So, you've come back from your little hiatus from the froth at the Orange Bubble. (I like to think of Gather as an Orange Julius in a world full of carbonated beverages.) You've actually accomplished a few things in "real" life. Perhaps, like me, you finished the laundry, changed the sheets on the bed, made bitchin' baby back ribs for the family, ironed clothes, worked out, and even managed to go shopping at Borders and spend some of those gift cards you've been hoarding since Christmas. Logging in isn't something you just have to do in the morning. You're over needing that fix, just like the reformed coffee-holic who now only does decaf organic lattes made from beans harvested only from countries with a perfect human rights record.
After a few weeks of weaning, Gather is no longer the heroin you thought it was. This brings us to Step II of Gather Suicide: what to do with the extra time?
For some, the prospect of reestablishing lines of communication with family members and old friends is daunting after the time apart. Once you've revisted those relationships, you may be tempted to think that you've accomplished your part of the bargain and may want to type in those magic words www.gather.com. In fact, you've only just begun on your journey to reconnection with the human race.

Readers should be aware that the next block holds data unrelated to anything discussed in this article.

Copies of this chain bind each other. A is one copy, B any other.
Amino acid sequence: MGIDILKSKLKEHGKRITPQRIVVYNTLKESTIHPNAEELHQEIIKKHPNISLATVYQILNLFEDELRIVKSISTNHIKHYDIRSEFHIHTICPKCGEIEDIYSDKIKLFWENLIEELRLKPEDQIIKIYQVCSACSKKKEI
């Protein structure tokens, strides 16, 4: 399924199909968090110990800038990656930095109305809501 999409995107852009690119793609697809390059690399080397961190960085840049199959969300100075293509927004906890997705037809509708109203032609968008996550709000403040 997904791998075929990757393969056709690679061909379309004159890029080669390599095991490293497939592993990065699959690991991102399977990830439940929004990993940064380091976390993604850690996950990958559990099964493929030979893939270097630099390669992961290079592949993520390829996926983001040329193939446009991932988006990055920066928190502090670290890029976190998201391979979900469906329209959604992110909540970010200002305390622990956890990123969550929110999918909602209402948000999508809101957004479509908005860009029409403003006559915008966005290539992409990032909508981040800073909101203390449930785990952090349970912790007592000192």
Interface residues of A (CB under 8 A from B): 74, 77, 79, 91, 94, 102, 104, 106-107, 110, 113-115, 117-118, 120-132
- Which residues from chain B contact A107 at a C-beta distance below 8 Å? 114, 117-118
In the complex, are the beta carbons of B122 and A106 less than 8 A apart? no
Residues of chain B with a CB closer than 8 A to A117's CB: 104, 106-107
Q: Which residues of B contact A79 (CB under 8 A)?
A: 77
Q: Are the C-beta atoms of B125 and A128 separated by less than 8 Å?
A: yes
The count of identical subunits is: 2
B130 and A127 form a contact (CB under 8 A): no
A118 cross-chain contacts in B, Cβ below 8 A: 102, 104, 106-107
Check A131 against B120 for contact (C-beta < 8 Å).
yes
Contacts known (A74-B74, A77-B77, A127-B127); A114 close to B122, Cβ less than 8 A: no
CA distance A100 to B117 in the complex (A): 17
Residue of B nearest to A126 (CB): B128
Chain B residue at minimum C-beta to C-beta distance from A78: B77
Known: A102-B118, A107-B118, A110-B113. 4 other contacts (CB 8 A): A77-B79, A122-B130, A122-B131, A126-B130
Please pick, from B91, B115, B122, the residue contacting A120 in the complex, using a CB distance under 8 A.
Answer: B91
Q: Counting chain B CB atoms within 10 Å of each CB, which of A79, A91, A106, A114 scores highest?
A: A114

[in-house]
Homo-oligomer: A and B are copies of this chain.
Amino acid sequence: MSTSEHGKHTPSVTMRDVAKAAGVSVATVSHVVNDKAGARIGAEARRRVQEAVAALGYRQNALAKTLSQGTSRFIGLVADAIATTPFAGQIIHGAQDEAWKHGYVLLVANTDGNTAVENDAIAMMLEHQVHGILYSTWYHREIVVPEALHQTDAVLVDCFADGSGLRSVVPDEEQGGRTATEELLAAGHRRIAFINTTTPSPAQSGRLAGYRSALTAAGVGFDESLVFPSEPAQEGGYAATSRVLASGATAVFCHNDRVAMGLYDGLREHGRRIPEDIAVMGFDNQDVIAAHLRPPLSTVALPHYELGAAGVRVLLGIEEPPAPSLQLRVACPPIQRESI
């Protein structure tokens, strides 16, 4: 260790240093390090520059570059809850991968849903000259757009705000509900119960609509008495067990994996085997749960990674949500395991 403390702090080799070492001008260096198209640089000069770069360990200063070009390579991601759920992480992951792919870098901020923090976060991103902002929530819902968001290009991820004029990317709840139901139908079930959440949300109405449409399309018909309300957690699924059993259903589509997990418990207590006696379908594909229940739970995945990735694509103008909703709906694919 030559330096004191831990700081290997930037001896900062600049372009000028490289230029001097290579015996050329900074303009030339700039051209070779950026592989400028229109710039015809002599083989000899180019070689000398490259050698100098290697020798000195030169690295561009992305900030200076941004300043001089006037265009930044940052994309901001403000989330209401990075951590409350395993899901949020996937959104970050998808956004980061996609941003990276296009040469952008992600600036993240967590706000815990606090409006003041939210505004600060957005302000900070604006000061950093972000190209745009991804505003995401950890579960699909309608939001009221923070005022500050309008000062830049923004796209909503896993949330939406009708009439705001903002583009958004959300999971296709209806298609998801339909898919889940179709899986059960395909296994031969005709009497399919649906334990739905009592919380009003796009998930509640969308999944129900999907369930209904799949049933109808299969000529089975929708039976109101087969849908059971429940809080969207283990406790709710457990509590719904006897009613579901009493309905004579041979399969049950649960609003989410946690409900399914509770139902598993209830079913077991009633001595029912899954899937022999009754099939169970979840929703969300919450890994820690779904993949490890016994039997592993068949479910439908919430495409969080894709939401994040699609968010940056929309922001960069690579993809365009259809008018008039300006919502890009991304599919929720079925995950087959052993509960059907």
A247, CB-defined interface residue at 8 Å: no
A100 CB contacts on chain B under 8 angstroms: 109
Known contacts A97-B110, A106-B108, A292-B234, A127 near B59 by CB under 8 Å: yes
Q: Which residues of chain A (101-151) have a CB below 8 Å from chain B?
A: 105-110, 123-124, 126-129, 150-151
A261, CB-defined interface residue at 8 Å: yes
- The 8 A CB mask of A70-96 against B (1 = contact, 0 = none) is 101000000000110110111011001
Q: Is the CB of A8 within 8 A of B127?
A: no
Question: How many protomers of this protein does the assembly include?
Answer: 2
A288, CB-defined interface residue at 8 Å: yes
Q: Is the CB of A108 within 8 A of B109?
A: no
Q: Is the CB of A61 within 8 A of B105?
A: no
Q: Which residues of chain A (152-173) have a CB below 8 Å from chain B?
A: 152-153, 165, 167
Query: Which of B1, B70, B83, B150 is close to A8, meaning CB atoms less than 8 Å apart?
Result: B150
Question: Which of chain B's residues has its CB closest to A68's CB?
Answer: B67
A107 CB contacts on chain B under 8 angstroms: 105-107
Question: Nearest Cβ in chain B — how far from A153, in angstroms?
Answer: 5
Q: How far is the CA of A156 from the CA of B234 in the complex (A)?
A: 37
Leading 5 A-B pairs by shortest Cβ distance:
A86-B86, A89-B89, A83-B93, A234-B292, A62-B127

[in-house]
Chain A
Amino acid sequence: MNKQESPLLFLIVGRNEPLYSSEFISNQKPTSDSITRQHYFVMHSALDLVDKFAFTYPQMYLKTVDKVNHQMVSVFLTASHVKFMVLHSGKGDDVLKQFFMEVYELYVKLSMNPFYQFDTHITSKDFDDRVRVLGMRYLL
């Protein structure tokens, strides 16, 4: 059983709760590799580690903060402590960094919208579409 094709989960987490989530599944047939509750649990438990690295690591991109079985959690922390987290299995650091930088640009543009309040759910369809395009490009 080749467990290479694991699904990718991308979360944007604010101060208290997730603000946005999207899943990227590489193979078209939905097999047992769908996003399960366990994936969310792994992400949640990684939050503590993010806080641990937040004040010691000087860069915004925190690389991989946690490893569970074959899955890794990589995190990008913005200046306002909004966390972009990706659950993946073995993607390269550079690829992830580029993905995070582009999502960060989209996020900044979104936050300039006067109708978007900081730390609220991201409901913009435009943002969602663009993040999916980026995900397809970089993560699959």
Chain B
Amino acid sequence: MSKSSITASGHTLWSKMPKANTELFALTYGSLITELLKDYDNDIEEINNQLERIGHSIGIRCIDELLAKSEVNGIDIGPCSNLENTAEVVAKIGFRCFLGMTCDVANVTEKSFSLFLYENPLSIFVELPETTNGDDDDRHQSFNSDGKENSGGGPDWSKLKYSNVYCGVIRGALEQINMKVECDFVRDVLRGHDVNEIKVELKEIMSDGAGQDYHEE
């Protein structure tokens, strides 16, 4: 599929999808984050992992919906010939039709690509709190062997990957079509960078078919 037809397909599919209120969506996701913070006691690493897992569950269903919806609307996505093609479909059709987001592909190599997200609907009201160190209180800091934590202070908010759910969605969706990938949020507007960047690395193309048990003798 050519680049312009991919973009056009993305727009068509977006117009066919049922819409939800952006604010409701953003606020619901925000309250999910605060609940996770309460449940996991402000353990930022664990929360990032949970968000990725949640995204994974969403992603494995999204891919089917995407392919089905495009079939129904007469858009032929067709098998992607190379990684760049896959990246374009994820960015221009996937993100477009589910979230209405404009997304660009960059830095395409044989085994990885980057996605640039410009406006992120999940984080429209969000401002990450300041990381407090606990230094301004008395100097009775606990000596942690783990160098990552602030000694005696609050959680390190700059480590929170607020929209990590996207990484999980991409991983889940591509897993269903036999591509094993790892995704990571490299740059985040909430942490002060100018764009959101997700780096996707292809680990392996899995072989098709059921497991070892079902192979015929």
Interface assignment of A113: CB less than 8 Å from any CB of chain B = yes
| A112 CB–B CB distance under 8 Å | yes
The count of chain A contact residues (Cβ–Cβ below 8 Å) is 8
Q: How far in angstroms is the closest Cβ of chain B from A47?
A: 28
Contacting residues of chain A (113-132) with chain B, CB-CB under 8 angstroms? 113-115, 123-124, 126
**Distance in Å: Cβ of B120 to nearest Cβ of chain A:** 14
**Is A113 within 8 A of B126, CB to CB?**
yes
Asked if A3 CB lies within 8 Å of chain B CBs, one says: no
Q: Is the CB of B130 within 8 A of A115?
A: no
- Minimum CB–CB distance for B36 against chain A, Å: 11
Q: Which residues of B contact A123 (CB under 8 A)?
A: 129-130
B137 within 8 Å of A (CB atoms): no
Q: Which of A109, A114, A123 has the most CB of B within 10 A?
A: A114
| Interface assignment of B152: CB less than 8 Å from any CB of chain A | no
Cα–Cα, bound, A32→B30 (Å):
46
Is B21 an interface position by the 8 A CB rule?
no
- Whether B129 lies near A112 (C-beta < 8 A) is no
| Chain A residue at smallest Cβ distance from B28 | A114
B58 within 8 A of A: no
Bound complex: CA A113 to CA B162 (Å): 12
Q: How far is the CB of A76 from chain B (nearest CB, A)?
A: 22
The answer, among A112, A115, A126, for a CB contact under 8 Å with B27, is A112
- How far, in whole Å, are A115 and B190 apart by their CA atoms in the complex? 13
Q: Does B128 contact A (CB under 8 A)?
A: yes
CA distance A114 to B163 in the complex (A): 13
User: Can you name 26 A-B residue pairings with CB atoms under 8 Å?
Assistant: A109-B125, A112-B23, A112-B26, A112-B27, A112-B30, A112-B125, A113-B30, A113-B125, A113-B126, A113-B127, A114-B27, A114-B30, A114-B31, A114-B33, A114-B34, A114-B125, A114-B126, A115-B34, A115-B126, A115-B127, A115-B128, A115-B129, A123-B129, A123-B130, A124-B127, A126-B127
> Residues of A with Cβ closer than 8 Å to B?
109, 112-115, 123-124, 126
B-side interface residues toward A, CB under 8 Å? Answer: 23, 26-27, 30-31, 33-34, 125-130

A healthy human needs more than a few people bobbing around in the relationship sphere. Now that you have the basics of communicating with living humans, try to broaden your scope. That's right, make new friends!
There are many who need friends and don't have access to people. Try your local jail, where people are literally held captive. You'd be surprised at the gratefulness of the inmates. Another good place to find lonely people is your local library. Head straight for the internet access area. Pretend like you're going online to research a book on early 20th Century automobiles. Drop your pencil onto the next area, and say "Excuse me, I dropped my pencil." This is a great conversation starter! I've actually had conversations with homeless people, because my thought is just because they have no homes doesn't mean they aren't people!
Once you've made eye contact and exchanged words with a few strangers, it's time to begin to make them friends. This is the hard part; people are wary of kindness in strangers.
Pretty soon you'll have a house full of new friends, which will leave you little time from dinking around on the computer.
Try it, you'll see!
Stay tuned for Step III, Beginning to Let Go